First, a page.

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The State of the Union: What to Watch For

Posted Jan. 25, 2011 / Posted by: Becca Connors

President Obama will deliver the State of the Union address to Congress on Tuesday, January 25. The speech will provide important indications about the President’s priorities for the next year, and should signal to environmentalists the extent to which he plans to stand up to corporate polluter lobbyists and support a pro-environment agenda.

Here’s Friends of the Earth’s view of what the President should say about energy and the environment, and what he shouldn’t say.

What President Obama SHOULD DO in his speech:

1)        Commit to protecting the Clean Air Act and vetoing any rollbacks

The Clean Air Act is a landmark law that has cut air pollution, reduced asthma and lung disease, and saved lives. In 2007, the Supreme Court confirmed that the Clean Air Act’s protections apply to the pollution that is causing climate change, and as a result the Environmental Protection Agency has begun implementing the Clean Air Act with modest measures to reduce climate pollution. Unfortunately, corporate special interests that would rather be able to pollute freely, with no constraints, are now backing legislative attempts to roll back the Clean Air Act’s protections. Such rollbacks would be disastrous. President Obama should make it clear he will use all of the tools at his disposal to stop them.

2)        Rededicate himself to cutting fossil fuel subsidies

Fossil fuels are inherently dirty, but unfortunately, while fossil fuel industries like Big Oil and King Coal have multibillion dollar profits, Congress continues to award them massive subsidies. President Obama has pledged to end fossil fuel subsidies, but so far, Congress has been unwilling to make necessary cuts. Given that many of the newly elected members of Congress promised during their campaigns to cut deficit spending, they should be amenable to eliminating these subsidies, as doing so would reduce the deficit. Friends of the Earth and allies have identified $200 billion in environmentally harmful spending that can be cut from the budget in our Green Scissors report (http://www.greenscissors.com/). President Obama should pledge to spend political capital to eliminate these subsidies.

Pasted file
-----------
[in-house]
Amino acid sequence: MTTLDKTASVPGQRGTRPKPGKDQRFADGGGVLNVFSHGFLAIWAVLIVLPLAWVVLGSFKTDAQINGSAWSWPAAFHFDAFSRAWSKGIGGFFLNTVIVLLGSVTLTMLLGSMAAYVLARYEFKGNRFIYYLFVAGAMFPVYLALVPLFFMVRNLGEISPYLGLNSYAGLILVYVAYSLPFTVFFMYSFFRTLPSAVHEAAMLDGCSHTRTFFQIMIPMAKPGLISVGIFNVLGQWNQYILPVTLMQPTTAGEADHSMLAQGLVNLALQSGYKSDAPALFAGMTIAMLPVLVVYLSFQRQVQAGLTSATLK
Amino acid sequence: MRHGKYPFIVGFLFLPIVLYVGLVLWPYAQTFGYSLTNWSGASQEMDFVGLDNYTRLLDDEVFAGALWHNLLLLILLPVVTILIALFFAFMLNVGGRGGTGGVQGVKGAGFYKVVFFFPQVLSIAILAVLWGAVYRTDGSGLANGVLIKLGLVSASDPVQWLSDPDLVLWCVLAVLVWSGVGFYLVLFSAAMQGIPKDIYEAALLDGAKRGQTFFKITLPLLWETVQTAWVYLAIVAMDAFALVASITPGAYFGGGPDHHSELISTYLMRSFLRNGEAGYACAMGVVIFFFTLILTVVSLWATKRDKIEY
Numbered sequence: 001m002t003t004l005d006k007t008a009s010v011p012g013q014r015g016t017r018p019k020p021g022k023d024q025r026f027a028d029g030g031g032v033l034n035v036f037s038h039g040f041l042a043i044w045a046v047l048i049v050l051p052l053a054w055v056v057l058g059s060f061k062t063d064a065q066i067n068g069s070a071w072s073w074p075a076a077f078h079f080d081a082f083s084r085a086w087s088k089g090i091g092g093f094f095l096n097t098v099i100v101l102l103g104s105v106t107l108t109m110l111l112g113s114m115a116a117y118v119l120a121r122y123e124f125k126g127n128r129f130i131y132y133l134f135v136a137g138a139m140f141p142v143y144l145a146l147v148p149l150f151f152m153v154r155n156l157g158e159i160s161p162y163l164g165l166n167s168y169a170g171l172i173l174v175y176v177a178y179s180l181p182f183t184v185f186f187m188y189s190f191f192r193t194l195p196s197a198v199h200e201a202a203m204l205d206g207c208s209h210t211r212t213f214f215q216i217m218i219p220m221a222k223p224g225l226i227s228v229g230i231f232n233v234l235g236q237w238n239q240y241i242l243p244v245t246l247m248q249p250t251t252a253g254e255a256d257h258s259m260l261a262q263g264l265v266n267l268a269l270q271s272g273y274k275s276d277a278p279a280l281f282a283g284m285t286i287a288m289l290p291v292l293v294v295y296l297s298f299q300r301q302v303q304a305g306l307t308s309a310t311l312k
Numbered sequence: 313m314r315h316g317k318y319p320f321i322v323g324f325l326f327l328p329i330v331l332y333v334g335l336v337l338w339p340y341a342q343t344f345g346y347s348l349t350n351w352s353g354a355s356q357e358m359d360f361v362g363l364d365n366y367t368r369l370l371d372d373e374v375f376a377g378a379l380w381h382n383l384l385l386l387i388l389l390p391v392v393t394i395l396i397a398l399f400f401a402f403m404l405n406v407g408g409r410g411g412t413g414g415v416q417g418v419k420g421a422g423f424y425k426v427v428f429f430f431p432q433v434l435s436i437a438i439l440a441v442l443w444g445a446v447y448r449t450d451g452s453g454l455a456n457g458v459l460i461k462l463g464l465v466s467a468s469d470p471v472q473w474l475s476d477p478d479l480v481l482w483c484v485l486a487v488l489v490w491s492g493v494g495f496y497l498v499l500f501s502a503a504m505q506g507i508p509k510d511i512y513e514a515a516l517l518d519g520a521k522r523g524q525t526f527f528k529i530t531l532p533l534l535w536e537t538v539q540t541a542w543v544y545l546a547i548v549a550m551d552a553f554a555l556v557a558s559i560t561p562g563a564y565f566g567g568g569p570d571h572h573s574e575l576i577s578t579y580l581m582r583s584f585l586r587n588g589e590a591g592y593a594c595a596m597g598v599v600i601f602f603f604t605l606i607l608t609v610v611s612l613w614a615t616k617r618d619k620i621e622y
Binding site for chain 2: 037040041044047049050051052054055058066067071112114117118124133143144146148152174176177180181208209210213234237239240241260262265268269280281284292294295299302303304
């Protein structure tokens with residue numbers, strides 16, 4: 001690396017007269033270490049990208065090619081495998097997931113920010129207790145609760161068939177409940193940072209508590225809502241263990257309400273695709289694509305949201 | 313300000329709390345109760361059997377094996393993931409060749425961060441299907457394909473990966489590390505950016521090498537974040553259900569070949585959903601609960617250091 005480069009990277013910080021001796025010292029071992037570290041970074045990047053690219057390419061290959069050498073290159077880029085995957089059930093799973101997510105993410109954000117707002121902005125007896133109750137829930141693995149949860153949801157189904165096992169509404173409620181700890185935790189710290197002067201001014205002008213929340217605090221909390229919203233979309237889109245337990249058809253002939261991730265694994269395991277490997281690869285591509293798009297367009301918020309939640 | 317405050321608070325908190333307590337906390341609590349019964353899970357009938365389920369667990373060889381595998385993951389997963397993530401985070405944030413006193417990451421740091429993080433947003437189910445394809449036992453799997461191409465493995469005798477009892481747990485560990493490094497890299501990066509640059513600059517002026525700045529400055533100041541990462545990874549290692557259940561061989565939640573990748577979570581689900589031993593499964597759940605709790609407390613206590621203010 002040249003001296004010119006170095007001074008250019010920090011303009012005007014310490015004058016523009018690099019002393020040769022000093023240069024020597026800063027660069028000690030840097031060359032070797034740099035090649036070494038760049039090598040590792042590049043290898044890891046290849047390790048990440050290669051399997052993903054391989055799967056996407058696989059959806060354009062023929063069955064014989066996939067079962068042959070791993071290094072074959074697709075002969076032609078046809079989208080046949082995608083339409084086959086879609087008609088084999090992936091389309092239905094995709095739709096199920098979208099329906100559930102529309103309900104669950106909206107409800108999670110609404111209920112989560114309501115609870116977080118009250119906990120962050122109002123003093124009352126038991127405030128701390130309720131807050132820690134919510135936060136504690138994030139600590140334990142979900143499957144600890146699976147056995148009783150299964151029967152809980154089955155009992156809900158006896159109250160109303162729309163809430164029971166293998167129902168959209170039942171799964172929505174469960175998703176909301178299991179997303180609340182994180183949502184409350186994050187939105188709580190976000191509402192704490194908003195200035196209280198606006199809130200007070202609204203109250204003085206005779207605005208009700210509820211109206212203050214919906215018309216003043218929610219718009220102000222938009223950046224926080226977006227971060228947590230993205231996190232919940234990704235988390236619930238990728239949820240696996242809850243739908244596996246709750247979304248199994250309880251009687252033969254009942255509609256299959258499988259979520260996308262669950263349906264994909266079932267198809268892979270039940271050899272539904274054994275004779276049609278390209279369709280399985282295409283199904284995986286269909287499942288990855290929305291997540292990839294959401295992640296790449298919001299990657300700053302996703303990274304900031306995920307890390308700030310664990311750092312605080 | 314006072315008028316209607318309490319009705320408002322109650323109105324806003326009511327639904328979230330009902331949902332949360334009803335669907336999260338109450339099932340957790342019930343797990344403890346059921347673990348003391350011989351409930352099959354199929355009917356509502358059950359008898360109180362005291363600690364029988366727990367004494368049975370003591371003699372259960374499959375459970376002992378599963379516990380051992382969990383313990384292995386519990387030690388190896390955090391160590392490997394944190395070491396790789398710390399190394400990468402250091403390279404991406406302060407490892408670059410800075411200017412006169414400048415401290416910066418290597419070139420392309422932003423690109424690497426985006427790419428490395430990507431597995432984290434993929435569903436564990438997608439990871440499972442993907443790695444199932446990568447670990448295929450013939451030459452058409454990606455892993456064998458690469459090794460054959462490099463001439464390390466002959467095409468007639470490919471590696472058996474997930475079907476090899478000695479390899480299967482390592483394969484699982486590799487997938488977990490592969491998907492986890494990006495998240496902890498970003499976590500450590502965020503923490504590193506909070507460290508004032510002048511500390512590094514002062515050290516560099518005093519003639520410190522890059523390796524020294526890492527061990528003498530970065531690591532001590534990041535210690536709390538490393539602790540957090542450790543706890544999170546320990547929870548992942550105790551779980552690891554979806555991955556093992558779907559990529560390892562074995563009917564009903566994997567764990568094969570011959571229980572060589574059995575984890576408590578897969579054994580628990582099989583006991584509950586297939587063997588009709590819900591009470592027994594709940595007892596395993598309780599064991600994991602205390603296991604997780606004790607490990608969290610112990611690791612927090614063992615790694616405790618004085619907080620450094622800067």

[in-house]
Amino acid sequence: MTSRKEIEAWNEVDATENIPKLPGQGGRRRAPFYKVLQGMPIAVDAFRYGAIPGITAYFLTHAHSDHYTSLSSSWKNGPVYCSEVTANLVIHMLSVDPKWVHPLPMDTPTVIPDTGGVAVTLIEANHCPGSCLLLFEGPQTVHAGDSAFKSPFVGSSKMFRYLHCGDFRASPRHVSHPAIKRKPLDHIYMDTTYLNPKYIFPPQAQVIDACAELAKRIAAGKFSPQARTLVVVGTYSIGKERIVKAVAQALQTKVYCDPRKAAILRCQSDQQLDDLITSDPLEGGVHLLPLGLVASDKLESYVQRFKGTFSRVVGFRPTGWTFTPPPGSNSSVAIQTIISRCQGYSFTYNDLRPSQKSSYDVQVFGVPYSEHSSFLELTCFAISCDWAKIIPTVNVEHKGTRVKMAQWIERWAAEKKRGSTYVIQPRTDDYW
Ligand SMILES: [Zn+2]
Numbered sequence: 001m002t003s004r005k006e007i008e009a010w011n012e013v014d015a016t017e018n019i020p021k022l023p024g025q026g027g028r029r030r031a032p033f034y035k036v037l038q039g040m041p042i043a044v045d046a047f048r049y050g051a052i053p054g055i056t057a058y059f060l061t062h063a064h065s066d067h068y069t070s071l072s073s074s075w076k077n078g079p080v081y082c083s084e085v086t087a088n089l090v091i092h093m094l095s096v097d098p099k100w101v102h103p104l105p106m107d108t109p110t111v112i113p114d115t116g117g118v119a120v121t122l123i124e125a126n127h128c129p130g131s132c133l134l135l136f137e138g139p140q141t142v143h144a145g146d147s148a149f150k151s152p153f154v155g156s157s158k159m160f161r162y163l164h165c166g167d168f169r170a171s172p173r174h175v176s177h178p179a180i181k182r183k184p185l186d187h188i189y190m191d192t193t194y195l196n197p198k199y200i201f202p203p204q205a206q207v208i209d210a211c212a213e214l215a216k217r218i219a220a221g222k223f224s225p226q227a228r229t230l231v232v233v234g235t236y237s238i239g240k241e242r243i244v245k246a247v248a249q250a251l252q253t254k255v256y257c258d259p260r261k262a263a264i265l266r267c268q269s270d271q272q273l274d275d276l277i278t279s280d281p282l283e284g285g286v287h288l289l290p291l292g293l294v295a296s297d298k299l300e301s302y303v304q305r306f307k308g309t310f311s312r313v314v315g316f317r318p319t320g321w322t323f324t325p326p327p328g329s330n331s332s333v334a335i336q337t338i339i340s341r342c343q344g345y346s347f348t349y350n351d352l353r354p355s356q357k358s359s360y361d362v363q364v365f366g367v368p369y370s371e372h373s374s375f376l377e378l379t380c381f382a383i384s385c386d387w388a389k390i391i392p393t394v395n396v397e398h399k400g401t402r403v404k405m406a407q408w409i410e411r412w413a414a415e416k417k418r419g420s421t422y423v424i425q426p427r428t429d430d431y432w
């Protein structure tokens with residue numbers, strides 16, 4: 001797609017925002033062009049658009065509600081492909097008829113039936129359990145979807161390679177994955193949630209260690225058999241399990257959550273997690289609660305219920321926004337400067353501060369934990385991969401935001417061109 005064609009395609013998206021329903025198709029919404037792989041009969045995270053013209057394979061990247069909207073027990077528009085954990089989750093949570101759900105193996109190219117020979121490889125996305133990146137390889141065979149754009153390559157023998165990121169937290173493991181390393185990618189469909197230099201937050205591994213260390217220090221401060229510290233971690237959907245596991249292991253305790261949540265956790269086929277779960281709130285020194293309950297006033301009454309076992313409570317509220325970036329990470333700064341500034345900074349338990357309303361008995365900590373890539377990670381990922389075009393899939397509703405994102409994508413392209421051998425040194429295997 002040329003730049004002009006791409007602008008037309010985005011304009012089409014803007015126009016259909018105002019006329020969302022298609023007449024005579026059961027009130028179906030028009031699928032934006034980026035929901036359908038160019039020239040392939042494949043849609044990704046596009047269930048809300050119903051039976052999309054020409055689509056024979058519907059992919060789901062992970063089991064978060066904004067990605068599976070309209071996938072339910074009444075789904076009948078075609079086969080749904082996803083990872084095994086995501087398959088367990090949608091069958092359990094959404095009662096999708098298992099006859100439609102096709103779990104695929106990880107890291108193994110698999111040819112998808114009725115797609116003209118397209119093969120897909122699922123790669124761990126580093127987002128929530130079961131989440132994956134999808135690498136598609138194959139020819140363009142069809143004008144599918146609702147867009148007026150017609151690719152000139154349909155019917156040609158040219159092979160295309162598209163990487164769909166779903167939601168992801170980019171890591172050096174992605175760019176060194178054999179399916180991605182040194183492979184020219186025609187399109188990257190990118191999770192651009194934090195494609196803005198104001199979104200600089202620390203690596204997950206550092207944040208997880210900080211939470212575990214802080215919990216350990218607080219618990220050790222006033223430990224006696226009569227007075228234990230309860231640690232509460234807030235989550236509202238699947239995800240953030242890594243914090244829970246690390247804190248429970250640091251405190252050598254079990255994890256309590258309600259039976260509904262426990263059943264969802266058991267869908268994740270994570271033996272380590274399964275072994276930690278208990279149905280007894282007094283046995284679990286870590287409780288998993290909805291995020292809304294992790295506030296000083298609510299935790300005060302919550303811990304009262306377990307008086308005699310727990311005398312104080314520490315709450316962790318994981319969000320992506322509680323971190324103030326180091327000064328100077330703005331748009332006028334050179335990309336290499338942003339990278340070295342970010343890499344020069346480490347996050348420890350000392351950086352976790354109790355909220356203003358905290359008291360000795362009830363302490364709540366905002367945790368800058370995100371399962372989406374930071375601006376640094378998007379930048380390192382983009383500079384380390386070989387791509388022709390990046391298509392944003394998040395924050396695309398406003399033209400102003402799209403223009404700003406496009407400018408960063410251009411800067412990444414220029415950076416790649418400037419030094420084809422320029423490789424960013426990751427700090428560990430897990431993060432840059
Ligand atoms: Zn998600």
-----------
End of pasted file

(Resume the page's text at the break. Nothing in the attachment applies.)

3)        Speak out about the serious threats posed by climate change -- and real solutions

Last year was the hottest year ever recorded, and climate-related extreme weather events harmed people around the world. Scientists agree that the impacts of climate change will become much more severe if we do not rapidly reduce pollution. Unfortunately, right-wing, polluter-backed misinformation campaigns have confused much of the public about the state of the science. President Obama should use the bully pulpit of the presidency to call Americans’ attention to this challenge and the fact that while time is running out, solutions are still attainable.

4)        Explain that government regulation is often a good thing

Effective regulations are essential to the strength of our economy and the well being of the public. However, corporate special interests seeking to enrich themselves have tried to make “regulation” a dirty word. This isn’t an abstract debate. We’ve seen in the past what happens without sufficient regulation: kids die when they eat contaminated food, rivers catch on fire, giant oil spills take human life and destroy ecosystems, corporations discriminate against and mistreat their employees, and financial institutions engage in behavior so risky that it crashes the economy. The truth is that in order for markets and society to function, we need regulations. President Obama should make this point.

5)        Call for a transportation bill that reduces vehicle miles travelled